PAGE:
7 April 2018 5:23 AM GMT
The Kerala High Court, on Friday, issued notice on a Petition filed by twenty-one Petroleum Outlet Dealers challenging the demand of "personal financial details" by public sector oil companies- Bharat Petroleum Corporation Limited, Indian Oil Corporation Limited and Hindustan Petroleum Limited.Justice Shaji P. Chaly also prohibited the Respondent Companies from initiating any coercive...
The Kerala High Court, on Friday, issued notice on a Petition filed by twenty-one Petroleum Outlet Dealers challenging the demand of "personal financial details" by public sector oil companies- Bharat Petroleum Corporation Limited, Indian Oil Corporation Limited and Hindustan Petroleum Limited.
Justice Shaji P. Chaly also prohibited the Respondent Companies from initiating any coercive action against the Petitioners due to non-supply of such information, for a period of two months.
The Petitioners maintain Retail Petroleum Outlets in furtherance of Dealership/License Agreements with the respondent Oil Companies. The stock taking, supply and payment of the transactions between the Retail Outlet dealers and the petroleum companies takes place through a Mobile App developed by the Oil Companies.
However, these Companies are now demanding from the Petitioners information such as their Sales Tax Returns, IT Returns and Bank Statements. They have, in fact, warned the Petitioners of discontinuation of supply of petroleum products from 9 April, if the information is not supplied to them.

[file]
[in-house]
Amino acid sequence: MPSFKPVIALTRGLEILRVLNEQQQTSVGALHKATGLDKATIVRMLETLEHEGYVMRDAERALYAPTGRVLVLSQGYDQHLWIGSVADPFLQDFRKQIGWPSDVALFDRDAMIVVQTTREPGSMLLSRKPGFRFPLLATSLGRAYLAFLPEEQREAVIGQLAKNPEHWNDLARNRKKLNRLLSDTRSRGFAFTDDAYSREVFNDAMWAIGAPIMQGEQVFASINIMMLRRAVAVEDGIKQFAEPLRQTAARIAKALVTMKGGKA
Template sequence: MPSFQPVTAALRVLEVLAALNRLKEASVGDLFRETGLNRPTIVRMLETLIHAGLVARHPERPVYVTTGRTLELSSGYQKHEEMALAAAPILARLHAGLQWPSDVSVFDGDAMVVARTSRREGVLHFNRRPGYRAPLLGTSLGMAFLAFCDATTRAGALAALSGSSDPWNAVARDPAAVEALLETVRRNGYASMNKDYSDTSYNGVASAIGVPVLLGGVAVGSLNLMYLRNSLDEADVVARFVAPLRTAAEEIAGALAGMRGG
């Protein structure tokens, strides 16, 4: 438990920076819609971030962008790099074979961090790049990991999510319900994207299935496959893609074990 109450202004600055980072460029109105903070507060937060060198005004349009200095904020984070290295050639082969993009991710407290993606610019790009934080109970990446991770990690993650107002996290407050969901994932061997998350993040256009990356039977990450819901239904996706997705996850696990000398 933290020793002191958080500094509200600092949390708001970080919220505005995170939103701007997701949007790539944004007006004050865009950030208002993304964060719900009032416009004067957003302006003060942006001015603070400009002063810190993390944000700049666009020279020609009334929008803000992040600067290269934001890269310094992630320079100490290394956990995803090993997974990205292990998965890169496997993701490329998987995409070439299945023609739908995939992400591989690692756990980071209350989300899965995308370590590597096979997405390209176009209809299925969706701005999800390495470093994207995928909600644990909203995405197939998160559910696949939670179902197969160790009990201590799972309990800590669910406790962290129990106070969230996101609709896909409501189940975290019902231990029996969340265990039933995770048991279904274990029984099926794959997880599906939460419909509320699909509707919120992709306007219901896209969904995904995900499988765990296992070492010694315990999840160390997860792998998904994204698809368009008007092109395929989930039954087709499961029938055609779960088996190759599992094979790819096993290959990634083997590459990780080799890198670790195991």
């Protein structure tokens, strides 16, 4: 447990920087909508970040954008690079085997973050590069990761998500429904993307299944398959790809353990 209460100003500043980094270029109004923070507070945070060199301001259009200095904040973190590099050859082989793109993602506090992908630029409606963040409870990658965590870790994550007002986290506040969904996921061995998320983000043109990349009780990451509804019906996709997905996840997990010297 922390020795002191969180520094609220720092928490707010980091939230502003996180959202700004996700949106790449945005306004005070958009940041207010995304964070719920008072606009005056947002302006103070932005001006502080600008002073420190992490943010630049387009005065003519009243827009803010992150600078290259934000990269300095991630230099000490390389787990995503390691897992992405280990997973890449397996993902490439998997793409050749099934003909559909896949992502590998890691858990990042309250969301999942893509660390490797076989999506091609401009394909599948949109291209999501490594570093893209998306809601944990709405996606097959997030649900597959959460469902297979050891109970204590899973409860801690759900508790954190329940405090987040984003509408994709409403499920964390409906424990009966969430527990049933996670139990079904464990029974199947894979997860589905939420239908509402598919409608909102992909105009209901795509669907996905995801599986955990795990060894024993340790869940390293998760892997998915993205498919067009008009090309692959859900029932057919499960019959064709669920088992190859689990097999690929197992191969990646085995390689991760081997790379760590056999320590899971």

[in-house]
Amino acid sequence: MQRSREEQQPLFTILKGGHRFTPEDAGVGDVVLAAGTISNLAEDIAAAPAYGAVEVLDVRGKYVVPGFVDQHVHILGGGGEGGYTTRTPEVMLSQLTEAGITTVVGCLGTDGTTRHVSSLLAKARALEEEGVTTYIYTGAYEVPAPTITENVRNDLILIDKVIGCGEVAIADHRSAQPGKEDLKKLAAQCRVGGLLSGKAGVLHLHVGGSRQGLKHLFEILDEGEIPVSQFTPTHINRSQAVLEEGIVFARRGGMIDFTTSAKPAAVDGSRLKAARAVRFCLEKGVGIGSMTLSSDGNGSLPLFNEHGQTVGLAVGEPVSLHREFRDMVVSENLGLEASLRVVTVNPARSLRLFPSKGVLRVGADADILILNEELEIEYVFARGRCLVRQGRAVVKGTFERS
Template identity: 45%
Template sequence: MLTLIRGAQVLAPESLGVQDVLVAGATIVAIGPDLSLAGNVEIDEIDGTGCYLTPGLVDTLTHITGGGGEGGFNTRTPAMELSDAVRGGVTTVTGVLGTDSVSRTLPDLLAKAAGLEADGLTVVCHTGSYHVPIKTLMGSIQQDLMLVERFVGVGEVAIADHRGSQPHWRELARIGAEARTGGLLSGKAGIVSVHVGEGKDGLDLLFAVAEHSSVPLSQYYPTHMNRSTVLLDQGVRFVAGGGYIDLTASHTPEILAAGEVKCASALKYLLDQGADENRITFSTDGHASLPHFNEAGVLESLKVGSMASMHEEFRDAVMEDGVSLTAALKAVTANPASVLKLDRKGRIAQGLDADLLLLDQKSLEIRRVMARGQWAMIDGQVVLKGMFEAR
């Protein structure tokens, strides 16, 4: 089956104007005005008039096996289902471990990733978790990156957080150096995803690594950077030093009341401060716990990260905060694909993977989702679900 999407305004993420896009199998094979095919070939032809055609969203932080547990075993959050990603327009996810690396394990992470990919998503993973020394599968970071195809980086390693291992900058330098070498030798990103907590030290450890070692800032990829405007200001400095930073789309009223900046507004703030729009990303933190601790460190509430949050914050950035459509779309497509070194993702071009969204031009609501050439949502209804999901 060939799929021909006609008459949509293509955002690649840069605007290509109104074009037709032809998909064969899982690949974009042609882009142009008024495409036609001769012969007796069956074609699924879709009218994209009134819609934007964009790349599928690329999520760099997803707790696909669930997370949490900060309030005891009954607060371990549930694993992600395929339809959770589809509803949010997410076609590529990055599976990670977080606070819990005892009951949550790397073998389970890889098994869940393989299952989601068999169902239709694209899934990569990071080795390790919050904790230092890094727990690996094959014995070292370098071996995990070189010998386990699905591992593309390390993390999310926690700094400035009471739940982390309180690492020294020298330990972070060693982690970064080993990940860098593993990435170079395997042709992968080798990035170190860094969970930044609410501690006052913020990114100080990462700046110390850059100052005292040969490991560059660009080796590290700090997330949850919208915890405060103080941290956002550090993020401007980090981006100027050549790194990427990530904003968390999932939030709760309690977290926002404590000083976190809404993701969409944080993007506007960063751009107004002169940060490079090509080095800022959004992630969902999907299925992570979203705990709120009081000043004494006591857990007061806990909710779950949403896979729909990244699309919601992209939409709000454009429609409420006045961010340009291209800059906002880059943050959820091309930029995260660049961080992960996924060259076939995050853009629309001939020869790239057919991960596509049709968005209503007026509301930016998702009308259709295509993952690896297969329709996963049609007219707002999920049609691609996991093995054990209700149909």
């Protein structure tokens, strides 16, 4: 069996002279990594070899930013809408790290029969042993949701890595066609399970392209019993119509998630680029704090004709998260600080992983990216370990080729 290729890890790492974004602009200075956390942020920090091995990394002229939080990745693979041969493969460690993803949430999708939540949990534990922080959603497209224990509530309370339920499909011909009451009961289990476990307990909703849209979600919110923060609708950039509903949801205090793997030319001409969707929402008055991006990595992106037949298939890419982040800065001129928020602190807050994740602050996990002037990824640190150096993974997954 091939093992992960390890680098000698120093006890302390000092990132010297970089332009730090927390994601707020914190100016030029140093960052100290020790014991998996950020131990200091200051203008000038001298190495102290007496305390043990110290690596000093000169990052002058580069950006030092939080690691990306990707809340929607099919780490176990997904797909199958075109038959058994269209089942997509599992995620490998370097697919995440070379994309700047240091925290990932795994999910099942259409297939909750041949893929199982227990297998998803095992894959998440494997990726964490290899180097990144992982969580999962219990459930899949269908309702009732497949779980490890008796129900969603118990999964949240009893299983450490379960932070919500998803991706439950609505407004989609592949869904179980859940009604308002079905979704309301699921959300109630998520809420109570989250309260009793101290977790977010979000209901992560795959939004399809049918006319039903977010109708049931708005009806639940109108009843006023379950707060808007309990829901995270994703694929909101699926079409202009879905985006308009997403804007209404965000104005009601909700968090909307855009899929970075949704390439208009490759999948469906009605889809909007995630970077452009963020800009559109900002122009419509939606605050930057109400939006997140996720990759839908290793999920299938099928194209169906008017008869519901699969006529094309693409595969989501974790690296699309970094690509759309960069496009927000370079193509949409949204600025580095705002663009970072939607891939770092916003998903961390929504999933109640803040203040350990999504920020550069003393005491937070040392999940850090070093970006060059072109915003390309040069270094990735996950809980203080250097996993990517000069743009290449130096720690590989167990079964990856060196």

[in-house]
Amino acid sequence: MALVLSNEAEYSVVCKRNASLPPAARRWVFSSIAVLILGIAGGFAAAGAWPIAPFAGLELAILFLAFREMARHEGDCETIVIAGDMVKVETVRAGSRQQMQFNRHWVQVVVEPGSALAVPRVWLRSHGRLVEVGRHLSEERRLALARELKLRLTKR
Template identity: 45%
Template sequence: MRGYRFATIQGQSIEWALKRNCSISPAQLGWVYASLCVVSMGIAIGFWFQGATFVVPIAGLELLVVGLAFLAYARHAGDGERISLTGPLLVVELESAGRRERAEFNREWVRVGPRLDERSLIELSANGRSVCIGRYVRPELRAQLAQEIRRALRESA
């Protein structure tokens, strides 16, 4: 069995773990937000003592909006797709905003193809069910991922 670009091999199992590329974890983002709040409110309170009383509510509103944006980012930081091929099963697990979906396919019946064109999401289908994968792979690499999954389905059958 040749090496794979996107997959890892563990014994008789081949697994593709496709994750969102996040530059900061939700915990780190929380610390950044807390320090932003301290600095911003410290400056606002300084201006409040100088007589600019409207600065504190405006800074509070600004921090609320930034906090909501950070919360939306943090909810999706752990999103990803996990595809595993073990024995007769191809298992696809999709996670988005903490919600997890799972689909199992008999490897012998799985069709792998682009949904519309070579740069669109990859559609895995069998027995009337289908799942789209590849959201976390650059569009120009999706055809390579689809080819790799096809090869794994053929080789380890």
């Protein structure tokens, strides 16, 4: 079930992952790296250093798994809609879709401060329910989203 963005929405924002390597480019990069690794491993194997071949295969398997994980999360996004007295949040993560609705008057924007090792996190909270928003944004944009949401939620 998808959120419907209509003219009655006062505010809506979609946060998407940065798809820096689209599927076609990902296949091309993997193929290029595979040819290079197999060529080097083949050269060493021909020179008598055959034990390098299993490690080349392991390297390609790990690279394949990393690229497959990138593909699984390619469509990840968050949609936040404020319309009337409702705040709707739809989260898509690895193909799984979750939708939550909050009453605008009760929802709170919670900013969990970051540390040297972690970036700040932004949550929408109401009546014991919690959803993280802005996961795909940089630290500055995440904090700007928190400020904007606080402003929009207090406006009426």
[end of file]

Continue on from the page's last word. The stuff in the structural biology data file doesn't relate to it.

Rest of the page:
Challenging this demand, the Petitioners through Advocate Santhosh Mathew contend that the same is violative of their right to privacy as guaranteed under Article 21 of the Constitution of India, submitting,
"A 9 Judge Bench of the Honorable Supreme Court in the case of Justice K.S. Puttaswamy v. Union of India and others reported in 2017 (1) SCC 1, has held that right to privacy is a fundamental right of the citizen. The demands now made by the respondents is infringing on the right to privacy of the petitioners. It is also submitted that the Honorable Supreme Court in Puttaswamy held that ‘informational control’ is a distinct component of privacy, and that this empowers the individual to use privacy as a shield to retain personal control over personal information.
The respondents have not provided any reason for seeking the personal information of the petitioners, including their bank statements and tax information."
They further assert that the Respondents' actions violate their right to carry on any trade, occupation, and business as guaranteed to them under Article 19(1)(g). The demands have also been challenged as being arbitrary and violative of Article 14 of the Constitution of India.
Besides, the Petitioners point out the possibility of such information being misused, due to lack of adequate security mechanism being put in place. They submit, "The documents as sought for by Exhibit P2 and similar demands are highly personal and sensitive in nature. There is every likelihood of the information being misused if it falls into wrong hands. The respondents do not have any foolproof mechanism to keep the personal data safe and confidential.
The Oil Companies are mere commercial entities discharging public functions on behalf of the Government and as such they have no right or authority to seek information or peep into the financial income or tax details of the petitioners which are private and confidential in nature."
They, therefore, seek quashing of such demand circulars by the Respondent Companies.